There are loan sharks out there that will prey on people that need money fast and will charge extremely high rates. You should check your rate with at least two or three lenders before accepting any. It doesn’t affect your credit score to apply and will help avoid some of the worst offers and help you save money.
If your credit score is so low that you’re not getting any loan offers at lower rates, try waiting a month or two to apply for a loan. Work on your credit score a little and keep up with your payments.
Avoid very long-term loans over five years. A lot of lenders have been extending car loans out to seven years lately to lower the payments but this is too long to be in debt for a car. Surveys show that most people only keep a car for between four to six years so you don’t want to be locked into the loan for too long.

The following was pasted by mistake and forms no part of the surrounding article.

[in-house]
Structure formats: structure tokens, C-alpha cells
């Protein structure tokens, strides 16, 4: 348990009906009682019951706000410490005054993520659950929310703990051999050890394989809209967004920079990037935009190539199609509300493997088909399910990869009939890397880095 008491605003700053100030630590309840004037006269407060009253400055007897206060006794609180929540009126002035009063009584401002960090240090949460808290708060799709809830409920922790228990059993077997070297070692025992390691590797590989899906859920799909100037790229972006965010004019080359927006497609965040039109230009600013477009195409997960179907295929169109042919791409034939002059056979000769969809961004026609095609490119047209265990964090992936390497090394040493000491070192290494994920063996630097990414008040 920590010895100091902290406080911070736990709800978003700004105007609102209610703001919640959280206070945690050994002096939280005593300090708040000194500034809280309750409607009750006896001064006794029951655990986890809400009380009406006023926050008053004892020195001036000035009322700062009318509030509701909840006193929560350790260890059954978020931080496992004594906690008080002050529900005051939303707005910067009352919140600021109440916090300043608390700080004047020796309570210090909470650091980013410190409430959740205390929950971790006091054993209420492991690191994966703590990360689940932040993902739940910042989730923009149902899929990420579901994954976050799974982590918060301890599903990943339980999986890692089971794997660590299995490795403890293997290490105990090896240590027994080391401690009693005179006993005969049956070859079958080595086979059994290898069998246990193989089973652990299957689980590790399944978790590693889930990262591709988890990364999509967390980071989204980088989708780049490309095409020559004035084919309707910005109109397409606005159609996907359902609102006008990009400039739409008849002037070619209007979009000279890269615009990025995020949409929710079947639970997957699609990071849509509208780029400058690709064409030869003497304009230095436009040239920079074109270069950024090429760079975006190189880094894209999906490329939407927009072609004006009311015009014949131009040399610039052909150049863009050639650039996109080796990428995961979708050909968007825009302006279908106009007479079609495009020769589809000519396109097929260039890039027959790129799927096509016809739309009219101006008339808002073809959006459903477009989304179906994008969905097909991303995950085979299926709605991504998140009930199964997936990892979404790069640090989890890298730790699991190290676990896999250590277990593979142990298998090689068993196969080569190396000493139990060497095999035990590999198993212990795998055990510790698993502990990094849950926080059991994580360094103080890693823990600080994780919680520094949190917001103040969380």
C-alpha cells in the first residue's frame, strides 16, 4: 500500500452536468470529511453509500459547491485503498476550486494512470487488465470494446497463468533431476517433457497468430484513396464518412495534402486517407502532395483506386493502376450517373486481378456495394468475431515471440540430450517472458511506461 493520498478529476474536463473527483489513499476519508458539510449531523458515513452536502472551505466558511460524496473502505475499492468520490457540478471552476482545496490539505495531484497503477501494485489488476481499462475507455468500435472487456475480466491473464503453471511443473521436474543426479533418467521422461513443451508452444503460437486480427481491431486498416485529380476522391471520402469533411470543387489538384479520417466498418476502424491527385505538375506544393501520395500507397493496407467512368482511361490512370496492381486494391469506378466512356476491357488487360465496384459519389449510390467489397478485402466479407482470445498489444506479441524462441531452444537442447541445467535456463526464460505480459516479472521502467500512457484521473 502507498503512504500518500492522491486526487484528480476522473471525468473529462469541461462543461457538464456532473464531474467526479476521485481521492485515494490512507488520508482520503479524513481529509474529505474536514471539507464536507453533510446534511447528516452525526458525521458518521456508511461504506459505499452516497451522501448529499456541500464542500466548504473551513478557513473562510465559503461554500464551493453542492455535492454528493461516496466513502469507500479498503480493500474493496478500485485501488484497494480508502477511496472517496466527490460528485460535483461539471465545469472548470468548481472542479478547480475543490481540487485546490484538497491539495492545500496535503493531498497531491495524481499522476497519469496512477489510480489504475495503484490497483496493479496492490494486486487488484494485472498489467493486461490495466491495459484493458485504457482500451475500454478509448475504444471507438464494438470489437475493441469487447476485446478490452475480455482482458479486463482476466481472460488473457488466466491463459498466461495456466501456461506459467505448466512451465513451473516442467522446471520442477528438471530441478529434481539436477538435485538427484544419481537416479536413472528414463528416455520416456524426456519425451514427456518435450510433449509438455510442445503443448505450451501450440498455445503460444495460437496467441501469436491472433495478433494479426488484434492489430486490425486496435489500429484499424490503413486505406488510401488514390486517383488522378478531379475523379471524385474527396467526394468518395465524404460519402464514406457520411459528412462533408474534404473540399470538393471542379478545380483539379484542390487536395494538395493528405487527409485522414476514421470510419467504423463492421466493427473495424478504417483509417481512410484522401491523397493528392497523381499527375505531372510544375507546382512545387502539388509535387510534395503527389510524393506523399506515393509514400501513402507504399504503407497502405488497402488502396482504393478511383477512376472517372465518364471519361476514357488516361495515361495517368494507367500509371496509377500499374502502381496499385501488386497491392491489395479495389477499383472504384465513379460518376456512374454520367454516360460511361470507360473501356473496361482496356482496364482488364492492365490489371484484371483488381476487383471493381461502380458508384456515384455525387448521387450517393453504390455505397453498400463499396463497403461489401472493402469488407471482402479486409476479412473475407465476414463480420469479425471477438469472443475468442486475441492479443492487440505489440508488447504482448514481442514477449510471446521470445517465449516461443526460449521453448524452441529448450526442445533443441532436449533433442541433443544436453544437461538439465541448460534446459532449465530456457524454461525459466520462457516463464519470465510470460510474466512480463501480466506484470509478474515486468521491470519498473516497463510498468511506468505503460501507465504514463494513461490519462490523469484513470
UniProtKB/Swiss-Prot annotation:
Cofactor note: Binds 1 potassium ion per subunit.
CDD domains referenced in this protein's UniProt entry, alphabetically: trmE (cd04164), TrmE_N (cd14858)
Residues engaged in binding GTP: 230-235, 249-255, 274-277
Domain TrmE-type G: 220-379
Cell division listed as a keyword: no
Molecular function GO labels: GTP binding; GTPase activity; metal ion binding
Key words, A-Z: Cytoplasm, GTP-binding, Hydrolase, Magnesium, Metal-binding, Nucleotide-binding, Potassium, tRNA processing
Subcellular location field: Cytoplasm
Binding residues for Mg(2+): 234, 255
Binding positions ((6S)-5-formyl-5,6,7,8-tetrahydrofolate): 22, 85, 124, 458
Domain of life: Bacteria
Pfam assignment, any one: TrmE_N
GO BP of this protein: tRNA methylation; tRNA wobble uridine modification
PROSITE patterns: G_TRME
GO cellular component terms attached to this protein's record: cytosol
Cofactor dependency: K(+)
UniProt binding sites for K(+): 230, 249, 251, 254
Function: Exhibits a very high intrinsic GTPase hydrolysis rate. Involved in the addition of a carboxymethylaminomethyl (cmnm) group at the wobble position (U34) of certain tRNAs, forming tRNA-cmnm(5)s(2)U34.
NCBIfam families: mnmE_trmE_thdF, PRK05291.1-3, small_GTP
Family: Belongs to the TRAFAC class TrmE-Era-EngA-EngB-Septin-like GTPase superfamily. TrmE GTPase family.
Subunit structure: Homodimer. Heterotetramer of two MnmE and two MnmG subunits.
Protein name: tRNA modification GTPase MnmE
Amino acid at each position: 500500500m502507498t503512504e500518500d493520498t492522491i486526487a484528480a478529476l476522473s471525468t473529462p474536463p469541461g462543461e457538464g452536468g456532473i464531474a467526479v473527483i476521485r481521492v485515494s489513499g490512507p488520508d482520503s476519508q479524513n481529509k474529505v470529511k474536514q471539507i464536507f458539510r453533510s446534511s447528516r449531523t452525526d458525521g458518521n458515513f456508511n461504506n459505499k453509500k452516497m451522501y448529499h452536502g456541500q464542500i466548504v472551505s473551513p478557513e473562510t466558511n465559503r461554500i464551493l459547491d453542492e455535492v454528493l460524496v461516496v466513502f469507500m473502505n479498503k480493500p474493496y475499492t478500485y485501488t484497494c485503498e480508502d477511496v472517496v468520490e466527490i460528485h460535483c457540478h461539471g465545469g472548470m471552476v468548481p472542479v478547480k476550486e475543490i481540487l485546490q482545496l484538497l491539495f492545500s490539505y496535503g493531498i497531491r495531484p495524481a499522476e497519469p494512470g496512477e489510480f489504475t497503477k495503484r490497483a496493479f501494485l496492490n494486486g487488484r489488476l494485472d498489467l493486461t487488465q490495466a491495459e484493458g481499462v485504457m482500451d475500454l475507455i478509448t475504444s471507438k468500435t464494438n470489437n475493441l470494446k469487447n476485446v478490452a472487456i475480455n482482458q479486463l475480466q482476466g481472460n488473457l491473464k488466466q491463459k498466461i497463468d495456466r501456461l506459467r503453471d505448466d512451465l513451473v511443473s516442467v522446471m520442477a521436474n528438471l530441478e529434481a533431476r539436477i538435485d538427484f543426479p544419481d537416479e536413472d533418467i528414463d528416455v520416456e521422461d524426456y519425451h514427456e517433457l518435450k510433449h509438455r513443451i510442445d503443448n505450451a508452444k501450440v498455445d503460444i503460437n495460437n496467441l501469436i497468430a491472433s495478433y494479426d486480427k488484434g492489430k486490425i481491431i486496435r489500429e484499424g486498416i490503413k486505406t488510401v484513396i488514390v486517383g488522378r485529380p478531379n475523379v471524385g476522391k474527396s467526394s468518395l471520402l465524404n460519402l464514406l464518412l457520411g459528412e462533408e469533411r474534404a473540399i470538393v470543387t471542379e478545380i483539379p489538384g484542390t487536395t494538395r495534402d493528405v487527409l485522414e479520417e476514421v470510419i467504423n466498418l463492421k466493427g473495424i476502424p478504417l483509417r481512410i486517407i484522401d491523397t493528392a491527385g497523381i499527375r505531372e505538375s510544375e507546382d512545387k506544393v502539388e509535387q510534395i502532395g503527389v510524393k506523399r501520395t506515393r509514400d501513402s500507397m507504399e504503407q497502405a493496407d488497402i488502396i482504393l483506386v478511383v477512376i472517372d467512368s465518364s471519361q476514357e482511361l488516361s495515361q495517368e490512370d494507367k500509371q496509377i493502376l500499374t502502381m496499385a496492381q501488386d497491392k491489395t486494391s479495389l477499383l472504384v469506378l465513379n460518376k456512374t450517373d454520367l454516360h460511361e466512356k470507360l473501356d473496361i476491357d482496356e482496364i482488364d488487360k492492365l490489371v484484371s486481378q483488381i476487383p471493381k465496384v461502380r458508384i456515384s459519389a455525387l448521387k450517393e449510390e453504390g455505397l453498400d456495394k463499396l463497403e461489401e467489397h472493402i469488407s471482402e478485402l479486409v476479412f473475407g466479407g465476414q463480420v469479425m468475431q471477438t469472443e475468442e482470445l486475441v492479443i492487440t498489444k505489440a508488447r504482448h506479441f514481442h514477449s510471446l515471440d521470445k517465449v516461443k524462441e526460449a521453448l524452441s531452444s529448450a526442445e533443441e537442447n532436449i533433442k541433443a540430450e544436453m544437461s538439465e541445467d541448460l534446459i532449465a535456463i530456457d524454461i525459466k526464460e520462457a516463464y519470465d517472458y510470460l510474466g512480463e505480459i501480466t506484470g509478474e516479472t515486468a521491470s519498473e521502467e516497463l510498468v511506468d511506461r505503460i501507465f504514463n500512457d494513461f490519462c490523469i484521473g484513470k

Refinancing your car is about more than just lowering the payments. Lower interest rates could mean saving hundreds on interest and refinancing gets you out from under the original loan. There is no minimum length of time to refinance your car and you could potentially cash out any equity you have to use however you like. Make sure you check your credit before applying and shop around for your auto loan.
About the Author
Joseph Hogue is a financial expert and investment analyst. After serving in the Marine Corps, he started his career investing in real estate before becoming an investment analyst for some of the largest private investors. He's appeared on Bloomberg and on CNBC as an investment expert and has published ten books in personal finance. Now he helps investors reach their financial goals and invest in the stock market with some of the same advice he used when working for the rich.